Pennant Race Chokes, Goats and Heroes

For every winner, there's a loser. But does that commit us to spotting a goat for every hero? The question arises from the AL Central race; a lot of people are missing a good story. The Chicago

Sep 21, 2005 at 2:06 pm
Jerry Dowling

For every winner, there's a loser. But does that commit us to spotting a goat for every hero? The question arises from the AL Central race; a lot of people are missing a good story.

The Chicago White Sox held a nine-game lead at the All-Star break, then broke out with a four-game sweep in Cleveland and extended their lead over the Indians to 13 1/2 games. Now that the Indians have rallied to within 2 1/2 games through Sept. 19, the Sox are being cast as chokers.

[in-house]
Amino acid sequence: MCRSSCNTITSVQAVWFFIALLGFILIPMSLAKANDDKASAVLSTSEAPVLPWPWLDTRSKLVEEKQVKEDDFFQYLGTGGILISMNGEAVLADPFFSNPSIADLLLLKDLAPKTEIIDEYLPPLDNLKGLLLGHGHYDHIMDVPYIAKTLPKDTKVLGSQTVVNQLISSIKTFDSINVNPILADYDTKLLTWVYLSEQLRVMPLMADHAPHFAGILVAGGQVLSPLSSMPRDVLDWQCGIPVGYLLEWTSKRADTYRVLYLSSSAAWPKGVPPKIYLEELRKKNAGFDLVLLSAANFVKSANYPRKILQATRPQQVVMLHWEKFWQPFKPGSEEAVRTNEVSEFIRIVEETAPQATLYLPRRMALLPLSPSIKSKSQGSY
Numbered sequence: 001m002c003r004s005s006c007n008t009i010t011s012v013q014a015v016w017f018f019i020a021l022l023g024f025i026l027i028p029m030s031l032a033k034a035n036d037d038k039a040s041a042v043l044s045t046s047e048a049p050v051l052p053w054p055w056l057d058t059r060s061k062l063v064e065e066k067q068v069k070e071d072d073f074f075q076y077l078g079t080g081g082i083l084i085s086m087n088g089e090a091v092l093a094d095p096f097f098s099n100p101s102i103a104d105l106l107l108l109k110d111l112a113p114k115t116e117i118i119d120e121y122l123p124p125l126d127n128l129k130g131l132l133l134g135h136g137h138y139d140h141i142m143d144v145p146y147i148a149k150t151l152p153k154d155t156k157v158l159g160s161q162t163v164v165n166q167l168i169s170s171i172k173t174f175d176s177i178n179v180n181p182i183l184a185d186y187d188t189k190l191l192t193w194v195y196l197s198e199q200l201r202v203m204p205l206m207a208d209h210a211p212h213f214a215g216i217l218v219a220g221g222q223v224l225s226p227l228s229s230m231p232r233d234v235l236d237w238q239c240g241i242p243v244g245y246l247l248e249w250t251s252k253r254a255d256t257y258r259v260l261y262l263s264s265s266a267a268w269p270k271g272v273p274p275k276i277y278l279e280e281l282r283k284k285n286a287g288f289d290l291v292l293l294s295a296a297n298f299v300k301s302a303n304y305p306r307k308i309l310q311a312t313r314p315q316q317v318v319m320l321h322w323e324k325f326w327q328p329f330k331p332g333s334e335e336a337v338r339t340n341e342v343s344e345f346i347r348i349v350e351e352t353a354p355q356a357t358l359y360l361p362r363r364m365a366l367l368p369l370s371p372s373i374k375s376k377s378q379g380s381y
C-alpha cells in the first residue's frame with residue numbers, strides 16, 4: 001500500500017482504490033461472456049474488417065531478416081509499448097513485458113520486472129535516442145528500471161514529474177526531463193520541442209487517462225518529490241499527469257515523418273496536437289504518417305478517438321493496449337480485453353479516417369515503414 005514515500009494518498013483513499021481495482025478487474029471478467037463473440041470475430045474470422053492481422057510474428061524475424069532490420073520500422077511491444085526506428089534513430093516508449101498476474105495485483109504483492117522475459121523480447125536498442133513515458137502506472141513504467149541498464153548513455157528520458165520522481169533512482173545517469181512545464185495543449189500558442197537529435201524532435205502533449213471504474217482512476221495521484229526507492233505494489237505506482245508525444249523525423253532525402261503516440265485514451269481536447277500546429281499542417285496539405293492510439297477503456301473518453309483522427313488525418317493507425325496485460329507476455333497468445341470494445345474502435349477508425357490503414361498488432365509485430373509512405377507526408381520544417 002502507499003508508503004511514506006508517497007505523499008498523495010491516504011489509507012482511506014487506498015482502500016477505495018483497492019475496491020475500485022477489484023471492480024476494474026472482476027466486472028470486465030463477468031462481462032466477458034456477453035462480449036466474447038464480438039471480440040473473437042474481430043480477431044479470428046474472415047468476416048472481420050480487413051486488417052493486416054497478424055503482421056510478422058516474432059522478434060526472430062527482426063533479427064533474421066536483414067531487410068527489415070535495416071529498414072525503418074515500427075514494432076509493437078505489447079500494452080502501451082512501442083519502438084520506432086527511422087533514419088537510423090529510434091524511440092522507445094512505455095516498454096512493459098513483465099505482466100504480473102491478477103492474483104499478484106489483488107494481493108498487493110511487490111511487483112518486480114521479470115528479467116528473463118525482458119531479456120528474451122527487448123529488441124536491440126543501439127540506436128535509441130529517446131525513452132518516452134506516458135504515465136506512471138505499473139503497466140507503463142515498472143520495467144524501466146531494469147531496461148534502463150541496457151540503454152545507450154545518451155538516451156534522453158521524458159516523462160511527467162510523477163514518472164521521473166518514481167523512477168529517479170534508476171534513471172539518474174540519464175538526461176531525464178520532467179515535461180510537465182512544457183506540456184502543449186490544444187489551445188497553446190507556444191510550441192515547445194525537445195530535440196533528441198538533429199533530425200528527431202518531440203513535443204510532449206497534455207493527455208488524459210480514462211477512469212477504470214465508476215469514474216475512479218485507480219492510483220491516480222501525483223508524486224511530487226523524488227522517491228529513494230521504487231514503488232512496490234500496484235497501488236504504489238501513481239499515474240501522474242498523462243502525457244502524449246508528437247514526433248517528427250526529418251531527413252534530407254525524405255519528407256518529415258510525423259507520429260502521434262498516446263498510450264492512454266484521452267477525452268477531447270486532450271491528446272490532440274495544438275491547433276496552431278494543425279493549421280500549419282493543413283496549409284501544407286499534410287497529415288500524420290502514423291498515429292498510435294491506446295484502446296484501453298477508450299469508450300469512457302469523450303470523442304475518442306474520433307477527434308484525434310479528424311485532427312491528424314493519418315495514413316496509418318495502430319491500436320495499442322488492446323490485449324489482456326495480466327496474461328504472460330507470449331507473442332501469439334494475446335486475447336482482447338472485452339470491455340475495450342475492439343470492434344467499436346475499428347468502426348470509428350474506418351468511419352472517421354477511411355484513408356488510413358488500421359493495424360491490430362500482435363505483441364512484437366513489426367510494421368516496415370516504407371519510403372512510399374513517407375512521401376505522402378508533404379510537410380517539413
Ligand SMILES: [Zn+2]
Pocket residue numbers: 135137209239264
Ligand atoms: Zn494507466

There is so much interest in documenting another Chicago collapse that it doesn't matter what's really happening — a furious Indians charge. As of Sept. 19, the Tribe are 41-17 since the White Sox swept them right after the break. If the Indians should wind up winning the division, they shouldn't stand accused of sneaking in through the back door.

The White Sox know the Indians are coming through the front door, especially after the Tribe took them 7-5 in the first of a three-game series Sept. 19. The Sox could play poorly the rest of the way and still win 95.

It's completely out of line to say a club that wins 95 blew the division.

The White Sox haven't blown anything. Since the All-Star break, they're better than even through Sept. 18 (33-29). With the lead they owned, that would be good enough to hang on — if the Indians hadn't put on such a strong push.

Individual games might expose heroes and goats. Pennant races generally expose either heroes or goats, but not both. Of those, true chokers are the less common. A true choke occurs when the team with the lead plays so poorly that it loses the title without anyone else playing especially well. Go through the most unlikely pennant drives in baseball history, and the race is won much more often than it's lost.